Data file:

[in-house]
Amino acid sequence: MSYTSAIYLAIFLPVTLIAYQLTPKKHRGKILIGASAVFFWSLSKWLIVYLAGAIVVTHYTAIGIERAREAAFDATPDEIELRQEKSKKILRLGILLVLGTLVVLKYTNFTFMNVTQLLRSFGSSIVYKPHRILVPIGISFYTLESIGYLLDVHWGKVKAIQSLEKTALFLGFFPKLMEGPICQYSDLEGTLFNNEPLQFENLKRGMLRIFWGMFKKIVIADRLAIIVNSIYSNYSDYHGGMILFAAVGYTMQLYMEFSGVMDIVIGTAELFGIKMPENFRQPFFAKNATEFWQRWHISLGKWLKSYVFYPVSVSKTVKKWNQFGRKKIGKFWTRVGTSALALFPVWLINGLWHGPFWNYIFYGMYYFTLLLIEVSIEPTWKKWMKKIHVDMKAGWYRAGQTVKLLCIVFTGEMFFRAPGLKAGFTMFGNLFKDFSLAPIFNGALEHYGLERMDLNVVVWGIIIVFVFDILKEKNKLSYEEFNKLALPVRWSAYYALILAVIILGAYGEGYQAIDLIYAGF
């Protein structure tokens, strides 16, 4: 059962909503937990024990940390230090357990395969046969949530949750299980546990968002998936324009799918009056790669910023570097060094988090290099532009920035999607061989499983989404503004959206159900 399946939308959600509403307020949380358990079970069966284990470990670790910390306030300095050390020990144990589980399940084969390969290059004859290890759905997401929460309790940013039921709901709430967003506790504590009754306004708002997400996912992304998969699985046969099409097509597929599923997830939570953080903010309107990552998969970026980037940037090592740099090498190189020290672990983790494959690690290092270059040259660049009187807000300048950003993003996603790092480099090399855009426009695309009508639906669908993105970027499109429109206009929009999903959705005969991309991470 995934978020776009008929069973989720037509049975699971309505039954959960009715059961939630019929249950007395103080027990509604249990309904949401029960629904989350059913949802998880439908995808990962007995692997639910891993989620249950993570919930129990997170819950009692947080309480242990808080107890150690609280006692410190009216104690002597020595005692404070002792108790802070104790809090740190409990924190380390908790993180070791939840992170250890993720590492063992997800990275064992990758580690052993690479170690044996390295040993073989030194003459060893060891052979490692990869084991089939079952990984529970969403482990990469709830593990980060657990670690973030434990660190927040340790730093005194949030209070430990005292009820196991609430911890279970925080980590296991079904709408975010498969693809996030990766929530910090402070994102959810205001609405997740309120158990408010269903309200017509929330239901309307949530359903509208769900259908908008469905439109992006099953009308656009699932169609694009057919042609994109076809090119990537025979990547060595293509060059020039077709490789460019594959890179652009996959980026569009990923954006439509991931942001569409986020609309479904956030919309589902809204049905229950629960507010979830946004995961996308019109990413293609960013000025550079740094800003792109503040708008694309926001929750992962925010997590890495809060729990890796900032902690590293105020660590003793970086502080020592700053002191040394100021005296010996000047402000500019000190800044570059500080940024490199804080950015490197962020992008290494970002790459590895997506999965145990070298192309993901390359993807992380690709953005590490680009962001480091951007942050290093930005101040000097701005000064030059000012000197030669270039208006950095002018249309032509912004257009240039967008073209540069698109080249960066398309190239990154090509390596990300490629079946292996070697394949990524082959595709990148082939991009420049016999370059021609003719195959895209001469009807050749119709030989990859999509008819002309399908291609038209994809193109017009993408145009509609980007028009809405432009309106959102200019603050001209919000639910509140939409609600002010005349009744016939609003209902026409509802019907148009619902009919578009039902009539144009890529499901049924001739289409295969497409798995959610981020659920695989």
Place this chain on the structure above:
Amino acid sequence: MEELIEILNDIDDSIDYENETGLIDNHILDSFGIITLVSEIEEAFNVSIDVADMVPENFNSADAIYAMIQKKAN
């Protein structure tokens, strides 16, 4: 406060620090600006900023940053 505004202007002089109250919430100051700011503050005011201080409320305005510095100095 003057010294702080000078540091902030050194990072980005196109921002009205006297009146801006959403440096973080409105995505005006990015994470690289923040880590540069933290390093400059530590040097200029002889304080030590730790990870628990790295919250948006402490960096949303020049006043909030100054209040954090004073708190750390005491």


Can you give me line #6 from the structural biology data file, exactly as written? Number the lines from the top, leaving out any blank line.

């Protein structure tokens, strides 16, 4: 406060620090600006900023940053 505004202007002089109250919430100051700011503050005011201080409320305005510095100095 003057010294702080000078540091902030050194990072980005196109921002009205006297009146801006959403440096973080409105995505005006990015994470690289923040880590540069933290390093400059530590040097200029002889304080030590730790990870628990790295919250948006402490960096949303020049006043909030100054209040954090004073708190750390005491």